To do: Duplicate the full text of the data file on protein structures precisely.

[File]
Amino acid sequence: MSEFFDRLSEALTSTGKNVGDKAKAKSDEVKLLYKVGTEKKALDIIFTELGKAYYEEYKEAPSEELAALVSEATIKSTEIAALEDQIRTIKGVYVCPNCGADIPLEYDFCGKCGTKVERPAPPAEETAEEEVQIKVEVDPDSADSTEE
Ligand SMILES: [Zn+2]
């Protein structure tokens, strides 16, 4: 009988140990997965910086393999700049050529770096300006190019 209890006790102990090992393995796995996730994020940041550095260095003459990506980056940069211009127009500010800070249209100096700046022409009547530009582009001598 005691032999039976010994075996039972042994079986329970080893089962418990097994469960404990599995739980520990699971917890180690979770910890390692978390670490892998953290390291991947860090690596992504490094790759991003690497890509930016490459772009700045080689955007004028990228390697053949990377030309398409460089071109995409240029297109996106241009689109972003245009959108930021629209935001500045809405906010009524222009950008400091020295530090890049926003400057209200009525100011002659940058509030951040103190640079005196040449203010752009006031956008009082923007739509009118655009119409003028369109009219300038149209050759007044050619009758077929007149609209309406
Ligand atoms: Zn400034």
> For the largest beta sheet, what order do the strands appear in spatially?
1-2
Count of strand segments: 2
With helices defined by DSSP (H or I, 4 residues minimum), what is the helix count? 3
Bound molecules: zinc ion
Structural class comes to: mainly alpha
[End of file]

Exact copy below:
Amino acid sequence: MSEFFDRLSEALTSTGKNVGDKAKAKSDEVKLLYKVGTEKKALDIIFTELGKAYYEEYKEAPSEELAALVSEATIKSTEIAALEDQIRTIKGVYVCPNCGADIPLEYDFCGKCGTKVERPAPPAEETAEEEVQIKVEVDPDSADSTEE
Ligand SMILES: [Zn+2]
């Protein structure tokens, strides 16, 4: 009988140990997965910086393999700049050529770096300006190019 209890006790102990090992393995796995996730994020940041550095260095003459990506980056940069211009127009500010800070249209100096700046022409009547530009582009001598 005691032999039976010994075996039972042994079986329970080893089962418990097994469960404990599995739980520990699971917890180690979770910890390692978390670490892998953290390291991947860090690596992504490094790759991003690497890509930016490459772009700045080689955007004028990228390697053949990377030309398409460089071109995409240029297109996106241009689109972003245009959108930021629209935001500045809405906010009524222009950008400091020295530090890049926003400057209200009525100011002659940058509030951040103190640079005196040449203010752009006031956008009082923007739509009118655009119409003028369109009219300038149209050759007044050619009758077929007149609209309406
Ligand atoms: Zn400034």
> For the largest beta sheet, what order do the strands appear in spatially?
1-2
Count of strand segments: 2
With helices defined by DSSP (H or I, 4 residues minimum), what is the helix count? 3
Bound molecules: zinc ion
Structural class comes to: mainly alpha